If it's about the journey, not the destination, then a 2018 road trip is probs a good idea. Lucky for us, our stunning country is what classic road trips are made of.
From golden-sand peninsulas and snow-capped mountains to lush native forests, the open road in Aotearoa is the place you want to be. So grab your friends and snacks, buckle up and hit the road!
Nelson to Queenstown
Start in sun-drenched Nelson and make your way along the rugged West Coast. First stop is Punakaiki to explore the famous Pancake Rocks. This limestone labyrinth is made up of hundreds of slices of stone that really do look like pancakes. At high tide, the seawater geysers put on their very own water show. Then it’s on to the glaciers of Franz Josef, with pit stops in Greymouth and Hokitika on the way. Be sure to embark on the West Coast Treetop Walk over the Hokitika Gorge, 20-metres above the forest floor. Once you’re in the lakeside town of Wanaka, there’s no shortage of activities. Think hiking, skydiving and of snowplowing down a mountain in your final destination of Queenstown.
Auckland to Cape Reinga
First, make your way to the seaside town of Paihia—it’s known as the gateway to The Bay of Islands. It’s made up of 144 islands, all complete with green countryside and sparkling blue waters. At Paihia, explore the historic Waitangi Treaty grounds, take a sailing tour and swim with the dolphins. Make sure you stop for a meal at Charlotte’s Kitchen. From there, take the ferry to the historic island town of Russell, and then onto 90 Mile Beach and Cape Reinga, the very tip top of New Zealand! Take a walk to the iconic lighthouse and gaze over the Pacific Ocean. There are also ancient kauri forests to explore, waterfalls and natural rock pools for hopping. For more inspo, here’s our guide of 30 things to do up north this summer.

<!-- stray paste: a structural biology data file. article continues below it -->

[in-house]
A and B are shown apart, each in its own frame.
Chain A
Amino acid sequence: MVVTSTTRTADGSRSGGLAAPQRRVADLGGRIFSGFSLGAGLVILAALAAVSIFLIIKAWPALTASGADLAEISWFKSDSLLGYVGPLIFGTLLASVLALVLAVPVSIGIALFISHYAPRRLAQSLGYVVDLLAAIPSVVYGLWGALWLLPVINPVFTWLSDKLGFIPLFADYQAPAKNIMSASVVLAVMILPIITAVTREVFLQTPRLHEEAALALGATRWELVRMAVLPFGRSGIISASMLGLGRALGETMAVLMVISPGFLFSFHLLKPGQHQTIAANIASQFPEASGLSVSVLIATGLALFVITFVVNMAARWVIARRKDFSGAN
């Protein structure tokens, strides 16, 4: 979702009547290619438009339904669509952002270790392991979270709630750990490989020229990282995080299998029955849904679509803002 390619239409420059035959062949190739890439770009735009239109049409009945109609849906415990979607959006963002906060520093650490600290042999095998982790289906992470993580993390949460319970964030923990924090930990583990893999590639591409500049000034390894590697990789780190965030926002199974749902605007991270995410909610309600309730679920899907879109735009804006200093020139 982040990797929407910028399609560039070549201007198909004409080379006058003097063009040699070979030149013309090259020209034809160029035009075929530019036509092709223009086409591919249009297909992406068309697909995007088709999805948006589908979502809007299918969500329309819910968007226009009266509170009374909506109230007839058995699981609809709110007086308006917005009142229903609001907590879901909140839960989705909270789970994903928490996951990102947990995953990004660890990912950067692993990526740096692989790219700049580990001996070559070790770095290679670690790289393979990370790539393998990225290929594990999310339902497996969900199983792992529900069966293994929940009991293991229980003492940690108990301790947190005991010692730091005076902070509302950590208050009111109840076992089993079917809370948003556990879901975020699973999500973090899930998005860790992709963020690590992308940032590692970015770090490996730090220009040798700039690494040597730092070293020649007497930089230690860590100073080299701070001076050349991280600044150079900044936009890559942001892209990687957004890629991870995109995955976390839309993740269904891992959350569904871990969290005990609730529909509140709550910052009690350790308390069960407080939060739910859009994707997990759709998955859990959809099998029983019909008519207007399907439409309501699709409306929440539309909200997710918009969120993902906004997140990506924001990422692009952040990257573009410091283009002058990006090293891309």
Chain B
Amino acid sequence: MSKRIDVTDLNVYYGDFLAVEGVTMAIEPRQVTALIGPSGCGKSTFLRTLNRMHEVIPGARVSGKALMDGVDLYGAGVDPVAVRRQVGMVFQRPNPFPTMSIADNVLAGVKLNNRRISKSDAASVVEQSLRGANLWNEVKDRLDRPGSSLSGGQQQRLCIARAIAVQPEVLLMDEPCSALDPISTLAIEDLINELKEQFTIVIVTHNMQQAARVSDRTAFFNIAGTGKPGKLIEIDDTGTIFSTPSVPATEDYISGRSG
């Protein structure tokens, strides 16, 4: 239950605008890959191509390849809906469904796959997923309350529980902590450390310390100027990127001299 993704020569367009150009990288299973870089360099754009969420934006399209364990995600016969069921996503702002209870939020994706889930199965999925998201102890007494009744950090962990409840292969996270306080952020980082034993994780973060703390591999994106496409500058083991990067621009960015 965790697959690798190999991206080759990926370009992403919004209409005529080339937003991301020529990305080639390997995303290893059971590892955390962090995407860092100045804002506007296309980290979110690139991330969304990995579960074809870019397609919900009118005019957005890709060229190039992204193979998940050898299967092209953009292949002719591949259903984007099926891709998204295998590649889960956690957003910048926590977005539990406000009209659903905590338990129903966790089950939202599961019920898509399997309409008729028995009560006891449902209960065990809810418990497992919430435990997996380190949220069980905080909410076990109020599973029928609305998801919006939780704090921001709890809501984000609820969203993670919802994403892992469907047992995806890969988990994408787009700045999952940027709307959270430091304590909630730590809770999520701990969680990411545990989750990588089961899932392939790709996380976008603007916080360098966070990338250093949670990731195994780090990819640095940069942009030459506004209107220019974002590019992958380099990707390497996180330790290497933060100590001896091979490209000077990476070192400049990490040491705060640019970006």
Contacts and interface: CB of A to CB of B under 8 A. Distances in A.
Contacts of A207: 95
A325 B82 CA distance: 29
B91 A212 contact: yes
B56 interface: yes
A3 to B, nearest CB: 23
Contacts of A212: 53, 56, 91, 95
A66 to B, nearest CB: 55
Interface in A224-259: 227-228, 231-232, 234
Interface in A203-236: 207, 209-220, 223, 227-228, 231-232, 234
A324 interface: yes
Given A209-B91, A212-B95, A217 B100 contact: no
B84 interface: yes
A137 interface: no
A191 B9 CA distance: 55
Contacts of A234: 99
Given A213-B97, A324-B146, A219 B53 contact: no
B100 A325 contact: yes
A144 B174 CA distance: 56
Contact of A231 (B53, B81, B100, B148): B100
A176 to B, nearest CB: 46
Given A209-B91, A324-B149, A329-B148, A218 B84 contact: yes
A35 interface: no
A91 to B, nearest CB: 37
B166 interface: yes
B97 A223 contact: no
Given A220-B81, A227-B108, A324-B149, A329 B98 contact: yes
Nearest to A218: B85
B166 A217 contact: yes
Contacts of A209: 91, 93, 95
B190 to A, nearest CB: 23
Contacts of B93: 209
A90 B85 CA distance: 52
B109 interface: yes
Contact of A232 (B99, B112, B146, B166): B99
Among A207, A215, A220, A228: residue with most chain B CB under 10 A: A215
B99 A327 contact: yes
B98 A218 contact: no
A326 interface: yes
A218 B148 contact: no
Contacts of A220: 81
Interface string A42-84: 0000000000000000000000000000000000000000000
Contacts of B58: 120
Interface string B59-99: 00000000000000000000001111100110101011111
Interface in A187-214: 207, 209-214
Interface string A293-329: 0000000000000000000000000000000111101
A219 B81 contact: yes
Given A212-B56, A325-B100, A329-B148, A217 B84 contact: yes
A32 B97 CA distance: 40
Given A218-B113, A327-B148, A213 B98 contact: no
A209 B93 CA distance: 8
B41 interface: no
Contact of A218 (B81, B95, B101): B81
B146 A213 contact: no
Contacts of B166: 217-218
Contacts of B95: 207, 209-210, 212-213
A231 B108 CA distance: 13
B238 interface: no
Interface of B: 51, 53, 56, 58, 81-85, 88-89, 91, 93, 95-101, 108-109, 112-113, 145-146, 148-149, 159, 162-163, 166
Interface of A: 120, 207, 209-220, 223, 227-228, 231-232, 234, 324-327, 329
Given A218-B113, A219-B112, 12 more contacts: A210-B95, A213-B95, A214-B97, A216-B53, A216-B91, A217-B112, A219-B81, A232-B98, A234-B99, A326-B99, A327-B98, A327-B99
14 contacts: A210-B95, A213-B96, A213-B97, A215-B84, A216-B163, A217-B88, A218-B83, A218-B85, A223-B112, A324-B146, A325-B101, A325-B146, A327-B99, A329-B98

Rotorua to Waitomo to Taupo
Head west from Rotorua. Your first stop is New Zealand’s surf capital, the rugged beauty of Raglan! After carving those waves, travel a few hours south to Waitomo, home to the famous underground limestone caves which are illuminated with thousands of tiny glowworms. You can tube, abseil or take a boat ride and drift underground. Then, carry onto to Taupo—the home of Aotearoa’s largest lake. Hike the Tongariro Crossing (allow a day) and then check out Hidden Valley to see hot springs, mud pools and caves. On the way back, see the Huka Falls. This waterfall is pretty special, mostly due to the 220,000 litres of water that gush every second.
Queenstown to Milford Sound
Picture Milford Sound and mostly you imagine deep inky waters, high mountain peaks and cascading waterfalls. But one of the best things about the trip to Milford is the drive. The route from Queenstown to Milford is as much a scenic experience as the fiord itself—it's been called one of the best road trips on the planet! Past mirror lakes framed by the rugged façade of the magnificent mountain range, aptly named The Remarkables. The drive can be done in a single day, but it’s best to split it up and stay in Te Anau, the perfect stopover. The cute town’s main attraction is Fiordland National Park, so schedule in time for a hike. It's really a bonus that you end your journey at the 8th wonder of the world.